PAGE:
Ahead of a Senate vote on a controversial "fast-track" trade bill, Arizona Sen. John McCain is criticizing his Democratic colleagues' opposition to the legislation that would speed up congressional approval of the Trans-Pacific Partnership (TPP).
"Americans can't afford to wall itself off from the vast opportunities that lie outside our borders, where 95 percent of the world's consumers live," McCain said Saturday in a video. "But that's what many Senate Democrats are suggesting we do in their transparent effort to curry favor with labor bosses. They're choosing to pretend the global economy doesn't exist and to forfeit the opportunity to remain the world's leading economy far into the future."
Democrats blocked the first attempt at the fast-track legislation's passage Tuesday, with Delaware Sen. Tom Carper the only Democrat to cast his vote to begin debate on the Trade Promotion Authority (TPA) bill. TPA would allow Congress to give an up-or-down vote on any international trade deal negotiated by the White House, but it would prohibit the legislative body from changing individual provisions.
When the Senate passed two trade-related bills favored by Democrats Thursday, they paved the way for a second attempt at the TPA legislation. And Republicans are determined to see it through.
"Passing TPA would be powerful proof of our enduring commitment to American leadership in defense of rules and principles that extend security, liberty and prosperity across the globe," McCain, the Senate Armed Services Committee chair, said in his address. "These trade agreements open markets that have long been protected from American competition. Why squander a historic opportunity to sell more American products and know-how and create more high-paying American jobs? That's crazy."
The White House has pushed aggressively for this legislation, especially as negotiations with Pacific Rim countries over TPP, the massive free-trade deal involving the United States and 11 other nations in the Asia Pacific region, have ramped up in recent weeks.
And the president himself has criticized Democratic naysayers like Massachusetts Sen. Elizabeth Warren, who Mr. Obama has knocked as engaging in "pure speculation" when it came to her objections to TPA.
"I don't often quote President Obama," McCain said. "But it was hard to argue with him when he said the other day that Democratic protectionists were just 'making stuff up' and their arguments didn't 'stand the test of fact and scrutiny.'"
The Arizona senator continued to support the White House stance: "'You don't make change through slogans. You don't make change through ignoring realities,' the president said. Republicans agree."
"Democrats opposing these agreements are telling us to be afraid," McCain told viewers. "Be afraid to keep our word. Be afraid of our challenges and opportunities. Be afraid to compete fairly. Be afraid to lead."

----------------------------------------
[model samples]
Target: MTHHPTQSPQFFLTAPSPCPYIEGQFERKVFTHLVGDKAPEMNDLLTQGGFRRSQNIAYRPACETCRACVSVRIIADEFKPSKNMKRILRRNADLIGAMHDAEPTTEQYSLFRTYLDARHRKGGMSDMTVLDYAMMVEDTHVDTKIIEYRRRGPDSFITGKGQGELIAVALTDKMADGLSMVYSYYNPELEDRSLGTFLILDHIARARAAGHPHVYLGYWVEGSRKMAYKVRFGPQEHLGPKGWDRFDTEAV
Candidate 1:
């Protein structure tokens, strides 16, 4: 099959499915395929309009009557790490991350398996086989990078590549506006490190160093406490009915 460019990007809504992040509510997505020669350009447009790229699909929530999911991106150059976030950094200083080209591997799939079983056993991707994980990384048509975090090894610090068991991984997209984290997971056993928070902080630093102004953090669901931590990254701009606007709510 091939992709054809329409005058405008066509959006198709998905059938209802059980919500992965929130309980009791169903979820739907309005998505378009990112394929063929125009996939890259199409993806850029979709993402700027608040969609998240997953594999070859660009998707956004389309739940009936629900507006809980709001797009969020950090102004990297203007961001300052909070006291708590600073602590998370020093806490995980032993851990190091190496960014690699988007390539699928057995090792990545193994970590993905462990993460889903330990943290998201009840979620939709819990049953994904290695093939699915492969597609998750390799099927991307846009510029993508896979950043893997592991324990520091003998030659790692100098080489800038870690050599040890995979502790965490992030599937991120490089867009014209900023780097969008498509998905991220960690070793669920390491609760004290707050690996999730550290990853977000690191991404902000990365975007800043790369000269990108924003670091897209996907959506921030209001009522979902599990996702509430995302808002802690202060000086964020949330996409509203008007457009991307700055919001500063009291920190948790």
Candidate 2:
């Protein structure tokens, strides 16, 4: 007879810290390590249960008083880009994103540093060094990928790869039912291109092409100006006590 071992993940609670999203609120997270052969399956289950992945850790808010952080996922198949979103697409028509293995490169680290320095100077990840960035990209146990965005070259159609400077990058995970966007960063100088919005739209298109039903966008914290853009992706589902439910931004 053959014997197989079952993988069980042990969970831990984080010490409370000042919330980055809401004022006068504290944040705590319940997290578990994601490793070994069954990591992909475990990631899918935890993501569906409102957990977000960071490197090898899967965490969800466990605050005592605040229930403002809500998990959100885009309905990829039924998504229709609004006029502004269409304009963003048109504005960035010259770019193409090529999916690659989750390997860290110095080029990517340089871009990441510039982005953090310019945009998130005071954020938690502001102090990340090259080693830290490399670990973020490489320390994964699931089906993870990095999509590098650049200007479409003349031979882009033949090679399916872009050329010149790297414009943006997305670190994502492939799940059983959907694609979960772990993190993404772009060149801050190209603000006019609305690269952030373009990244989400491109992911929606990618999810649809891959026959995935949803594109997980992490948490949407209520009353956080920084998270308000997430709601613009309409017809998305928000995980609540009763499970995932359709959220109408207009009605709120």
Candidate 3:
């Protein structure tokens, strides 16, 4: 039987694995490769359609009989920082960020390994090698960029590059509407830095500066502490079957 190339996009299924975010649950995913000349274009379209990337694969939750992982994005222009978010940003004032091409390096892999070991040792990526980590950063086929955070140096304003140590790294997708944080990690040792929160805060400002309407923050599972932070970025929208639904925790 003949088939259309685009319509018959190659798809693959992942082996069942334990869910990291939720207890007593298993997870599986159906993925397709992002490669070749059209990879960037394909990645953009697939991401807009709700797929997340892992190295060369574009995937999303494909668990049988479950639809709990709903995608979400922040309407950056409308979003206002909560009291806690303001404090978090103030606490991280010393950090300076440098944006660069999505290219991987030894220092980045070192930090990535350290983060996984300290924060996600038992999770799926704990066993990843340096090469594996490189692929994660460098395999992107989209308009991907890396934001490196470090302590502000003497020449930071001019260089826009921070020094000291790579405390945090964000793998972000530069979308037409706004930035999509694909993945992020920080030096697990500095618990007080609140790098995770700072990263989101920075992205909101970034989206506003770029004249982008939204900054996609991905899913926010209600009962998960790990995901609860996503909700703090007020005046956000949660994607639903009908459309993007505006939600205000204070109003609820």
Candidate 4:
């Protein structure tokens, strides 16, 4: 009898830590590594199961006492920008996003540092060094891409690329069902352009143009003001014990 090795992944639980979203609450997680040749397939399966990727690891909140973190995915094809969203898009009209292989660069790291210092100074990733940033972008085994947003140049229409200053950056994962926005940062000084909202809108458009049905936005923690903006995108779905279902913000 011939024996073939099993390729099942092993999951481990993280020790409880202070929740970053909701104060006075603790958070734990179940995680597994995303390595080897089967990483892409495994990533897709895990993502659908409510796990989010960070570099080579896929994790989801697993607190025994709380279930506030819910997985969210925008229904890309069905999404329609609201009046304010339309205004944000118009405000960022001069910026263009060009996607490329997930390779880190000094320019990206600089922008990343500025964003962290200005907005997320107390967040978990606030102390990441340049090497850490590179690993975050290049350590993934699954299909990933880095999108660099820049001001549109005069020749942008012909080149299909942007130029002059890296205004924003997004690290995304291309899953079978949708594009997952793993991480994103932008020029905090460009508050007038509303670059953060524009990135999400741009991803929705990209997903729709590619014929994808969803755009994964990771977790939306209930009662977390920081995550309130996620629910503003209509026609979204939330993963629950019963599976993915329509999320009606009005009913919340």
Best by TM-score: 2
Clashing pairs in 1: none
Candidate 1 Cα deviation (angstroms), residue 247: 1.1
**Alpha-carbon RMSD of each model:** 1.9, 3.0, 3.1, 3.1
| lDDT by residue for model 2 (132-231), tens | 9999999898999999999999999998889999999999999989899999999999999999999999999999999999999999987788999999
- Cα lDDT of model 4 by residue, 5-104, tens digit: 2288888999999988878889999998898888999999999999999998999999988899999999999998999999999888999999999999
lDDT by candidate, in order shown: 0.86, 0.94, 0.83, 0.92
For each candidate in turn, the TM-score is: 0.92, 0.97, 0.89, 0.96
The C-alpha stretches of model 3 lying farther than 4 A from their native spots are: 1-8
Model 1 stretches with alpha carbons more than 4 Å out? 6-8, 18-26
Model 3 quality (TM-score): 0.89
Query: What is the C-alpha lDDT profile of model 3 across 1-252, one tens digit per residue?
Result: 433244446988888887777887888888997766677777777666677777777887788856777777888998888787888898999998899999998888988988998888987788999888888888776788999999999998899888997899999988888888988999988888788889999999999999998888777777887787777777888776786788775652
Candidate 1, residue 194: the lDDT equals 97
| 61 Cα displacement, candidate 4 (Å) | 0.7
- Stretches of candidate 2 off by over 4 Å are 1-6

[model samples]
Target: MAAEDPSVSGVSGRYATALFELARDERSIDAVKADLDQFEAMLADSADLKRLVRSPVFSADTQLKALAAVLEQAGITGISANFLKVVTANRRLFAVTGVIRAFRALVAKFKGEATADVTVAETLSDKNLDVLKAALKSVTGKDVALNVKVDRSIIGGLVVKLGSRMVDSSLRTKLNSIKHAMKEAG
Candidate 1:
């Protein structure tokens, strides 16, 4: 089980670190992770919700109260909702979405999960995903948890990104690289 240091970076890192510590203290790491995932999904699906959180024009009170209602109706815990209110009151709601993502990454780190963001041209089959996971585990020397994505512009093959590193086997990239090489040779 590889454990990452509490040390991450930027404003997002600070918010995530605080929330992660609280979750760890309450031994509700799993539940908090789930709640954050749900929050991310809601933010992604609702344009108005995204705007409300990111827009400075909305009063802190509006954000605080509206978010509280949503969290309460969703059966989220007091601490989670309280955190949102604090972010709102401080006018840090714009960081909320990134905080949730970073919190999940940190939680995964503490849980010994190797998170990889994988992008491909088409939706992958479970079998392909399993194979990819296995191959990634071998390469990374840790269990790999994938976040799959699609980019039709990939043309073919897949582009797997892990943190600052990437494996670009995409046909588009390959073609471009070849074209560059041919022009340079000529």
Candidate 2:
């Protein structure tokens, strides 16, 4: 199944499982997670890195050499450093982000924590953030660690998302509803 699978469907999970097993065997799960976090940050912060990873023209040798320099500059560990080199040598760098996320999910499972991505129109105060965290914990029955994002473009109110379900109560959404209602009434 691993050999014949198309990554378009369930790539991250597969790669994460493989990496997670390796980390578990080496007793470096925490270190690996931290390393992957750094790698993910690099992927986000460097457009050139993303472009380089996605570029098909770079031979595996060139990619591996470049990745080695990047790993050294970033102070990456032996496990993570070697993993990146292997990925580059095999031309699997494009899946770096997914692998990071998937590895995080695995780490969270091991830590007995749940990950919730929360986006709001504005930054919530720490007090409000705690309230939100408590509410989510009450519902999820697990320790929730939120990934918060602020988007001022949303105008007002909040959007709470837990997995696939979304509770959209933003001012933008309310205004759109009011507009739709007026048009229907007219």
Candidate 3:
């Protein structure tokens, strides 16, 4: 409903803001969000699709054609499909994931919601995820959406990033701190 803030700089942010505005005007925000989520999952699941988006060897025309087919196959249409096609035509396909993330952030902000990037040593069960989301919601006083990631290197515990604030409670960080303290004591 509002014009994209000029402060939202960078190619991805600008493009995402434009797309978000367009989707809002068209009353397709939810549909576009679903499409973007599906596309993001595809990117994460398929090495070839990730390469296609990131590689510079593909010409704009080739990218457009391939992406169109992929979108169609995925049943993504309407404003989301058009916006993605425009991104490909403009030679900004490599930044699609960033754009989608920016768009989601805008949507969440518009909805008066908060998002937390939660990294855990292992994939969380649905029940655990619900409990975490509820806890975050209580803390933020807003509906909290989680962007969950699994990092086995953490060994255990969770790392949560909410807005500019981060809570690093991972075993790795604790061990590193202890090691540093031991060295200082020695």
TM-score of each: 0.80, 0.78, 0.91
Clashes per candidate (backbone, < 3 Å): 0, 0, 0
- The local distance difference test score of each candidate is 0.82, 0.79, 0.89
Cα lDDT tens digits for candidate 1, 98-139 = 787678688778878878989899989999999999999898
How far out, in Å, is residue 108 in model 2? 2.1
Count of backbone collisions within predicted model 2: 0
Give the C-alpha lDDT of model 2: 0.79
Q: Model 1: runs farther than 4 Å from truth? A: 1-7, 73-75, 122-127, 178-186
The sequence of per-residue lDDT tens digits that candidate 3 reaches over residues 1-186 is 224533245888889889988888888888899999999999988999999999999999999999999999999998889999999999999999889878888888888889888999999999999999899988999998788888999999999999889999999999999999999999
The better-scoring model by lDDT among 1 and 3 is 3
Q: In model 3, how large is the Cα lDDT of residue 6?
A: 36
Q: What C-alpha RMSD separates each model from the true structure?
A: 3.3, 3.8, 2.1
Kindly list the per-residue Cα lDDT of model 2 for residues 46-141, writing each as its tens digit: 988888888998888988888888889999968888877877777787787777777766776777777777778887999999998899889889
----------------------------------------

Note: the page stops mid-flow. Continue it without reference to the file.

The debate on the fast-track legislation is expected on the Senate floor next week, though support for trade promotion authority by House Democrats is still questionable.
In his own address, President Obama took on problems surrounding poverty, an issue that has been thrust in the spotlight after violence in cities like Baltimore sparked a national conversation on income inequality.
"Some communities have consistently had the odds stacked against them," Mr. Obama said in a video address. "That's true of rural communities with chronic poverty. That's true of some manufacturing communities that suffered after the plants they depended on closed their doors. It's true of some suburbs and inner cities, where jobs can be hard to find and harder to get to."
"That sense of unfairness and powerlessness has helped to fuel the kind of unrest that we've seen in places like Baltimore, Ferguson and New York," the president continued. "It has many causes -- from a basic lack of opportunity to groups feeling unfairly targeted by police - which means there's no single solution."
The chief executive touted some of the strides his administration has made in combating poverty.
"From expanding tax cuts for working parents, to raising high school graduation rates, to helping millions of Americans secure health insurance when they didn't have it just a few years ago -- our actions are making a difference," Mr. Obama said.
The president also previewed his upcoming trip to Camden, New Jersey, a community that consistently has one of the highest violent crime rates in the country. He intends to highlight some of the police force's advancements in not only reducing crime but establishing trust with the communities they serve.
"Whether we are Democrats, Republicans or independents; whether we live in one of our poorest communities, one of our wealthiest, or anywhere in between, we all want our country to be one where hard work pays off and responsibility is rewarded," the president said. "We want a place where you can make it if you try."